Moving from cowboy coding to agile development

Tuesday, August 15, 2006

Work update

Since my last post I have tried using VS2005's testing framework and NUnit with our actual code base. Yesterday I checked in the first tests (totalling 38 test methods for a single class) to our source code control. I had picked the class under test quite randomly but hit a sweet spot with my choice - one of the tests found a bug in a method that was written more than three years ago. And I actually tried to write the tests to match existing code... Perhaps the method is not used very much, since no one had noticed the bug before. (It should have turned up by now, because the method generates a short part of an SQL statement, and with one valid input it returned SQL that is not valid in any DBMS.) There was also at least one method where a null parameter was not considered a special case.

"The other guy" tried checking out the tests and running them, and everything went smoothly. He also thought the tests were a good example of finding small bugs in existing code. Since everything had worked, I updated my paper and added some technical details about running the tests.

Today I finished writing it (at 19 pages) and checked it in. I also wrote tests for another of our basic classes and checked them in as well. This time writing 24 test methods took a lot less time than the previous ones.

So far no one has commented on the work - except for the guy who wrote the method with the bug I found. I went to check if it was ok that I used his method as an example of hard-to-see bugs that could be found easily with testing. He was just browsing through my paper and was pretty impressed. Although no one else has given any feedback, I feel pretty confident. I actually think I'm changing things here.

Let's see if I'm just fooling myself or if my colleagues also start writing some tests.

Friday, August 04, 2006

Winds of Change

Last week I wrote how I had planned to start talking with my colleagues about improving our processes much more than I had did before. That's exactly what I did.

First, I talked with one of the guys in our internal IT support. He totally agreed with me that we should not be doing things manually if they could be automated. He also told me that one of the developers had tried "some XP thingies" earlier, so I went to have a chat with him. He had read something about unit testing but had not done any on his own. I promised him I'd try writing some tests for some of the most used classes in our production code. He was willing to help, if I needed anything.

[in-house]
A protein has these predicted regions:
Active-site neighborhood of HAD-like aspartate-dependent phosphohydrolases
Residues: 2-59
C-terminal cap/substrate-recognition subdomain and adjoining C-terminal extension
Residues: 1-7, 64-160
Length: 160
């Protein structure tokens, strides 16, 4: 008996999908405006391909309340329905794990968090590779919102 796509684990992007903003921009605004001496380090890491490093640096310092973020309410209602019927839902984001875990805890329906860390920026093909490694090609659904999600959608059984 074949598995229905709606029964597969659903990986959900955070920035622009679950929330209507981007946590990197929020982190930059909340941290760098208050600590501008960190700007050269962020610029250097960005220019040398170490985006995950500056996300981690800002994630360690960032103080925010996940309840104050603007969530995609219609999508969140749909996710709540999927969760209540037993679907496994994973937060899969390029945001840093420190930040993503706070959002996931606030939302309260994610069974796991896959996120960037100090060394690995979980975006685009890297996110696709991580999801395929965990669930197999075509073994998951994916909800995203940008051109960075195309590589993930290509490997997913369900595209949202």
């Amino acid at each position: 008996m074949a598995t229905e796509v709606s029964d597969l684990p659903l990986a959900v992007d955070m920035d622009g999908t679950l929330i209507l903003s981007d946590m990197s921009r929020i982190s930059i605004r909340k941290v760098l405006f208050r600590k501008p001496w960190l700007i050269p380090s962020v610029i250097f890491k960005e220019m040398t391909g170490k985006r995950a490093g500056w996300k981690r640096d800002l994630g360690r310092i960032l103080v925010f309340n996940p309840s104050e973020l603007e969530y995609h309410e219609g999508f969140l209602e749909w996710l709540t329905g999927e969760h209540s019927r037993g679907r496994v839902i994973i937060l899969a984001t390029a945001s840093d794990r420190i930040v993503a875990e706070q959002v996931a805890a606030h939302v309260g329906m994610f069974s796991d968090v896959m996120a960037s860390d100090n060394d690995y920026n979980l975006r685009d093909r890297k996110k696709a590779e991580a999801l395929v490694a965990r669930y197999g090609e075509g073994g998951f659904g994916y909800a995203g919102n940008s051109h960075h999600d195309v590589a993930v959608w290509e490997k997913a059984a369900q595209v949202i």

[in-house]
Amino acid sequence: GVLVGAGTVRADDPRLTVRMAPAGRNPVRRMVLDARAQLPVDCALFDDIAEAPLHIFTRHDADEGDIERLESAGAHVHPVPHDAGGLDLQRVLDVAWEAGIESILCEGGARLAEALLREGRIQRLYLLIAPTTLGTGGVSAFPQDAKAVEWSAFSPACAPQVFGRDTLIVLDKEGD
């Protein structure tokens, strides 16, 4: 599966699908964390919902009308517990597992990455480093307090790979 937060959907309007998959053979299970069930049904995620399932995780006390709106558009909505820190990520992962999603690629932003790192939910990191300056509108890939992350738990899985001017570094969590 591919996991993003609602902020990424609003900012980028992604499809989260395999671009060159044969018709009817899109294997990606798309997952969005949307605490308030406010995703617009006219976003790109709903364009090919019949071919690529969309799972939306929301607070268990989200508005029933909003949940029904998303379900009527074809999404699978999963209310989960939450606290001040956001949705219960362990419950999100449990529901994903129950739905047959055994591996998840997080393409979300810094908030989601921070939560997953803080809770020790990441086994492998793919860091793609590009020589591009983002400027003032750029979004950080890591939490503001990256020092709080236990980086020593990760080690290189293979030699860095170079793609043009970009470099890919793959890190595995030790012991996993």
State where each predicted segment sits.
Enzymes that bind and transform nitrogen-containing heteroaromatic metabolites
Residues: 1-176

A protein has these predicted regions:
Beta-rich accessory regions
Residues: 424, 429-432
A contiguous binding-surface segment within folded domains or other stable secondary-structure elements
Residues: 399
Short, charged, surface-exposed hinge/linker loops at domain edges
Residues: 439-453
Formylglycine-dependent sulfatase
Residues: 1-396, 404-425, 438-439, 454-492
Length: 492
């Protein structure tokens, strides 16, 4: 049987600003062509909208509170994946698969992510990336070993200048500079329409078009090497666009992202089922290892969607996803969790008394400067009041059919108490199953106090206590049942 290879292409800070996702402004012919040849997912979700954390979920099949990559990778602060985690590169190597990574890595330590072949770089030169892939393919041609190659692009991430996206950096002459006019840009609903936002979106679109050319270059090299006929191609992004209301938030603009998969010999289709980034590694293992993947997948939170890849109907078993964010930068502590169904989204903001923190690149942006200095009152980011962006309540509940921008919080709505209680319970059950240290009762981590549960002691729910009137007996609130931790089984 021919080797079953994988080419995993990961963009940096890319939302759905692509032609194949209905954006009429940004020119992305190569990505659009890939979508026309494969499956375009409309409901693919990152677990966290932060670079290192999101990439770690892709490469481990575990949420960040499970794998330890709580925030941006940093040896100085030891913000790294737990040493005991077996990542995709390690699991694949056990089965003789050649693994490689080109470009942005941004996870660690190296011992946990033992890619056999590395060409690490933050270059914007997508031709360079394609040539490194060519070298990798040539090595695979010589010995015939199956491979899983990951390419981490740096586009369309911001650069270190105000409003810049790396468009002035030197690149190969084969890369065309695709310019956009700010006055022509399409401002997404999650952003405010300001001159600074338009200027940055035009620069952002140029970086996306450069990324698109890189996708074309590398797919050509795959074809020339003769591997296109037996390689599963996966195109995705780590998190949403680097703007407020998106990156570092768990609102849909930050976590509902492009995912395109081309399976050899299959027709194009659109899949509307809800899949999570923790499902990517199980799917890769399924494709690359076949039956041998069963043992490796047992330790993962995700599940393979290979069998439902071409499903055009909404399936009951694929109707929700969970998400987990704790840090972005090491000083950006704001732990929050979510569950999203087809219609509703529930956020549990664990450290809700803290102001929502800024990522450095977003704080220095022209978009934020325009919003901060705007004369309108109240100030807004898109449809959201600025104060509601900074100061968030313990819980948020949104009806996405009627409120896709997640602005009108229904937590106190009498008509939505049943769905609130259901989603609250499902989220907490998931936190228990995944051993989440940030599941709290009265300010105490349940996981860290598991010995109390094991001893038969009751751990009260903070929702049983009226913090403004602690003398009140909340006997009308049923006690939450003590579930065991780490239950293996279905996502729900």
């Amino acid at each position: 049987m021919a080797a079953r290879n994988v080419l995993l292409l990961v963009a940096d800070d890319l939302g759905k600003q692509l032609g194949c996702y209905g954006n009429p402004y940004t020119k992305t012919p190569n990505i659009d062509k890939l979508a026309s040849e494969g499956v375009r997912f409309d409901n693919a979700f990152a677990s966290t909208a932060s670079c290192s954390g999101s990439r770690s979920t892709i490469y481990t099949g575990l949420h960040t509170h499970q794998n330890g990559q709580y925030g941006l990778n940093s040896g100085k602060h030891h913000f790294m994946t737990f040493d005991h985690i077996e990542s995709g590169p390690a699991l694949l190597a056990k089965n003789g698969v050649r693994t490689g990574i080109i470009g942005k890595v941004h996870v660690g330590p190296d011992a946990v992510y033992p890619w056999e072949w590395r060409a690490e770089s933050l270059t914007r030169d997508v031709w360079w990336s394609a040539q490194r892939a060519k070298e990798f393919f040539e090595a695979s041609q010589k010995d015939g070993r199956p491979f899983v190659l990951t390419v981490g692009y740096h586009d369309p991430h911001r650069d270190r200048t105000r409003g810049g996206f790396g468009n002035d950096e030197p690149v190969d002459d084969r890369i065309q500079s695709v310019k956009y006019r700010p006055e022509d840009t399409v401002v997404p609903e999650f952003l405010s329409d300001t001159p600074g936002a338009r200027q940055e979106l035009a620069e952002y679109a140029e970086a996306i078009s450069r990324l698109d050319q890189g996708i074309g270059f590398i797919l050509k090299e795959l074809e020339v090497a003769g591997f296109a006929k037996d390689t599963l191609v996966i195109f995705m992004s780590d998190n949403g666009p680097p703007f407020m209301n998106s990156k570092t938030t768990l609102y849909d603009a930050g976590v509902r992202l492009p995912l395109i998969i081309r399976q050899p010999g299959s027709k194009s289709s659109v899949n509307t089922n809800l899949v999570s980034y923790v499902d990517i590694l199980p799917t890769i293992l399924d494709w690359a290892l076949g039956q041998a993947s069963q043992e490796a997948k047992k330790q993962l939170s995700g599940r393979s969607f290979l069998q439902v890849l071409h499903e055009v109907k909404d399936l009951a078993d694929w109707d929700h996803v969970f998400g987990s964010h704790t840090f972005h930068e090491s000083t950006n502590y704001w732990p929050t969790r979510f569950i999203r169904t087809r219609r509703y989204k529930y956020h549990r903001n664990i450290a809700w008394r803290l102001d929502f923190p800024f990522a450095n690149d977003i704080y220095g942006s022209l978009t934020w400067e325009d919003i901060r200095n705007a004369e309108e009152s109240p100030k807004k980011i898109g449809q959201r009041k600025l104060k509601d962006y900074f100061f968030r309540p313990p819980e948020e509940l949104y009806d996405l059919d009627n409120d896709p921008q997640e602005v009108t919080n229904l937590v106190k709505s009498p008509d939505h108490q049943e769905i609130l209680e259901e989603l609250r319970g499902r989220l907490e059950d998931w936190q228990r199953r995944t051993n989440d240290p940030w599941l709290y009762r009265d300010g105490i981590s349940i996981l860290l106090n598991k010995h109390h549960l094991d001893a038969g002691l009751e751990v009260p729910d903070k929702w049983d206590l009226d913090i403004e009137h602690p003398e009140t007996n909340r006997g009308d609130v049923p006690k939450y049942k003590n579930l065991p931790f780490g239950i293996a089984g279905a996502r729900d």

Then came the development discussion. I told my superior about automated tests and builds, and she gave me a go-ahead to try and write some tests. I installed Visual Studio 2005 that same day and have tried writing some unit tests with the built-in testing framework. So far I've just been playing around but I still feel great. I also wrote an 8-page paper about unit testing, including instructions for getting the framework to work properly. To be honest, the paper ended up having some propaganda-like raving about the importance of testing and proper coding style. It was still received well by the other guy interested in XP, who is the only one who has read it so far. We also thought I might install NUnit and try it out for comparison. Now I'm getting some other work done, but next week it's time to dive into writing those actual tests.

The only issue I'm worried about is our company culture. All the people I have spoken with have been somewhat intrigued by my Agile ranting but have also questioned whether it's possible to change the way people here work - and have worked for over ten years. That's a challenge, and I must try and point out some benefits from writing tests for our code. I'm also curious to see whether our code is actually so well written that it will be fairly easy to write those tests.

As a side note: I even started thinking whether tests could be used to "guard" good coding standards. For example, making sure methods don't change their parameters' state as a side effect could usually be tested quite easily. Then again, including such checks in all unit tests would probably make the test code bloated and tangled. Still, even if people agree with me that such side effects are unwanted, they might have a hard time adapting to a new coding standard that differs from the way they have written code for years now.

Well, I guess (and sincerely hope) I won't find that many serious code smells when digging through the code base.